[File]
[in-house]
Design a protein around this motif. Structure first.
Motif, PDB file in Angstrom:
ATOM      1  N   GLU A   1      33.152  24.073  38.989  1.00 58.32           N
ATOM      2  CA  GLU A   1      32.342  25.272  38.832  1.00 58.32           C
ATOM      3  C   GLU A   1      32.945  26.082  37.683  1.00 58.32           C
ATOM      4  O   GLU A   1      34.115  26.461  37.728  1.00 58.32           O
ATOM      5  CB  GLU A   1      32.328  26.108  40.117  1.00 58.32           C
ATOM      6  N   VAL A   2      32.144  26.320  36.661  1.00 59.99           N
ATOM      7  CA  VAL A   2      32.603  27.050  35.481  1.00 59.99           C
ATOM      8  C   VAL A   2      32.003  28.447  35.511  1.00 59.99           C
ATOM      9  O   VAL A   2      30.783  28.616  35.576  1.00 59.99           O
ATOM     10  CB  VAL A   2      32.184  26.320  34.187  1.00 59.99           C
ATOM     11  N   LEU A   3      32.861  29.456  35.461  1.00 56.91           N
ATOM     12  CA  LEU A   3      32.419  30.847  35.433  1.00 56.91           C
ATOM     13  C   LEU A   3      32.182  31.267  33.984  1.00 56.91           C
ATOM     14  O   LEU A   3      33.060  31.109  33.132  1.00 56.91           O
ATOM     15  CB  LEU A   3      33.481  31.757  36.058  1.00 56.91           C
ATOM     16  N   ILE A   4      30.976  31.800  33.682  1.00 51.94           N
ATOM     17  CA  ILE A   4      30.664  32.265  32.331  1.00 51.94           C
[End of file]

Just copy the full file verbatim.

[in-house]
Design a protein around this motif. Structure first.
Motif, PDB file in Angstrom:
ATOM      1  N   GLU A   1      33.152  24.073  38.989  1.00 58.32           N
ATOM      2  CA  GLU A   1      32.342  25.272  38.832  1.00 58.32           C
ATOM      3  C   GLU A   1      32.945  26.082  37.683  1.00 58.32           C
ATOM      4  O   GLU A   1      34.115  26.461  37.728  1.00 58.32           O
ATOM      5  CB  GLU A   1      32.328  26.108  40.117  1.00 58.32           C
ATOM      6  N   VAL A   2      32.144  26.320  36.661  1.00 59.99           N
ATOM      7  CA  VAL A   2      32.603  27.050  35.481  1.00 59.99           C
ATOM      8  C   VAL A   2      32.003  28.447  35.511  1.00 59.99           C
ATOM      9  O   VAL A   2      30.783  28.616  35.576  1.00 59.99           O
ATOM     10  CB  VAL A   2      32.184  26.320  34.187  1.00 59.99           C
ATOM     11  N   LEU A   3      32.861  29.456  35.461  1.00 56.91           N
ATOM     12  CA  LEU A   3      32.419  30.847  35.433  1.00 56.91           C
ATOM     13  C   LEU A   3      32.182  31.267  33.984  1.00 56.91           C
ATOM     14  O   LEU A   3      33.060  31.109  33.132  1.00 56.91           O
ATOM     15  CB  LEU A   3      33.481  31.757  36.058  1.00 56.91           C
ATOM     16  N   ILE A   4      30.976  31.800  33.682  1.00 51.94           N
ATOM     17  CA  ILE A   4      30.664  32.265  32.331  1.00 51.94           C